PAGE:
It really isn’t. I try my best. I like to think/hope that most people do. However, with all of the information/misinformation out there, it is incredibly easy to get confused and overwhelmed. In terms of cookware, there have been significant commitments by cookware manufacturers to reduce and ultimately eliminate harmful chemicals from the production processes. I will try not to get too geeky technical about cookware manufacturing but instead try to give you the cliff notes (keep in mind I was a Kitchenware buyer not a scientist).
The Issue– PFOA. PFOA (perfluorooctanoic acid ) is a polymer used in the manufacturing process to adhere the nonstick chemicals (PTFE i.e. Teflon) to the vessel (the cookware). The bulk of the PFOA-like emulsifiers are driven off to a fume vent system from the high temperature manufacturing ovens. To further clarify, PTFE (polytetrafluoroethylene) is really just the scientific name for the more user-friendly name Teflon. Many people get PTFE/PFOA and Teflon all confused. Not really sure this helps clear it up. Essentially if PTFE (or Teflon) is cured properly, no traces of PFOA should remain. Key word: should. In my mind, the bigger issue is the residual that the factory workers may be exposed to vs. the tiny amount of residual that may/may not remain on the pans.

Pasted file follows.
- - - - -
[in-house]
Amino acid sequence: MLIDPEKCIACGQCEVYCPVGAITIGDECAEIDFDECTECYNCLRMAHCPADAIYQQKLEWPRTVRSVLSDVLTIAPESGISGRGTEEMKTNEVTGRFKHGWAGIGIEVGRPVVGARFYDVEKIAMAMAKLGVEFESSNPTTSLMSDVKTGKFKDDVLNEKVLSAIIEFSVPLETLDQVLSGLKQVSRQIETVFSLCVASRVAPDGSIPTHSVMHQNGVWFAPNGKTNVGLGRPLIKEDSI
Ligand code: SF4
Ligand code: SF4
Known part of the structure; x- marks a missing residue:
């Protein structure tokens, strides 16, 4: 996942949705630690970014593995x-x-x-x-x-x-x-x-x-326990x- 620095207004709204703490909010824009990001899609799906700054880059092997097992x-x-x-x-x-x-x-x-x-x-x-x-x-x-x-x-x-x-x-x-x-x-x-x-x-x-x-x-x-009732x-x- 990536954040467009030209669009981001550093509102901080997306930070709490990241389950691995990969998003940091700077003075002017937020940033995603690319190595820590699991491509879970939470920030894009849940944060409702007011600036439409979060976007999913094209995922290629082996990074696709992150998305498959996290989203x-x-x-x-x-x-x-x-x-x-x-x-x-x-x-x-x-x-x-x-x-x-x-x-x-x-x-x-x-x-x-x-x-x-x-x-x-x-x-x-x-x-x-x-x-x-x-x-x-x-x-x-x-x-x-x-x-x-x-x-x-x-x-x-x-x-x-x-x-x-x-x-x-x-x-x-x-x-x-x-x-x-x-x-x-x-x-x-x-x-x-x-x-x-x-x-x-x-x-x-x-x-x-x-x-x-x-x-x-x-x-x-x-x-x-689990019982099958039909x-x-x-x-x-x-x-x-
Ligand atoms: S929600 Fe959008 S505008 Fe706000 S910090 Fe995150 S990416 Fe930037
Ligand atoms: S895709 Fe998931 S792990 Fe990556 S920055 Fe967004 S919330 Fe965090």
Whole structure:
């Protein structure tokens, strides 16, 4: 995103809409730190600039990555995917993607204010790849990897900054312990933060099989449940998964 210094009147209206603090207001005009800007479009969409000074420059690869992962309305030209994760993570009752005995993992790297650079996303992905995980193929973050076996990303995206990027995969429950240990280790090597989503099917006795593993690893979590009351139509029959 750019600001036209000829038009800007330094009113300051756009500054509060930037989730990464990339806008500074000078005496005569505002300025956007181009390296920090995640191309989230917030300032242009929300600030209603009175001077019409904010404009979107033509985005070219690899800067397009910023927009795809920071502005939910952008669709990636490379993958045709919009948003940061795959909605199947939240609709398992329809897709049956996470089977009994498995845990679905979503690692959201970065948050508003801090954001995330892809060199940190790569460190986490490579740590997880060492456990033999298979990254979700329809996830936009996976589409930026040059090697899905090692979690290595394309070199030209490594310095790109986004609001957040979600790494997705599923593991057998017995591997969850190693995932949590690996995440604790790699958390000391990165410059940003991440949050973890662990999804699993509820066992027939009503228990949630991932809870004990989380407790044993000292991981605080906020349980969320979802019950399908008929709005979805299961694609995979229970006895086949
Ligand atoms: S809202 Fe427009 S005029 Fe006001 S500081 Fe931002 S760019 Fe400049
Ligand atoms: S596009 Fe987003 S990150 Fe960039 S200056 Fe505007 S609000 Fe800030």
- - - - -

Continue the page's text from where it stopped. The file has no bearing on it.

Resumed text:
The Bottom Line– This goes back to my cooking spray blog. Essentially, if you are concerned AT ALL, you really need to take care of the nonstick surfaces of your pans. This means NO cooking sprays, NO metal utensils and do NOT overheat your pans. Everyone seems to be in such a hurry these days, that they set their pans on high immediately. Take a few extra minutes and cook your food at medium temperatures. It’s better for your pans and for your food/recipe as well.
Alternatives– If you can’t commit to taking care of your cookware you really do have other options:
- Buy Stainless Steel cookware (wthout non-stick)
- Buy Cast Iron
- Buy ‘green’ cookware – The two brands that I am personally familiar with and impressed with are GreenPan and Ecolution. They are completely PTFE (or Teflon) free and do not use PFOA solvents in their manufacturing process.
The Good News- As I stated earlier in the blog, changes are happening. In February 2007, DuPont (the sole manufacturer of PFOA in the US) committed to no longer make, use or buy PFOA by 2015 or earlier, if possible.
Complicated and controversial but important stuff. Happy safe-cooking everyone! Ribbit.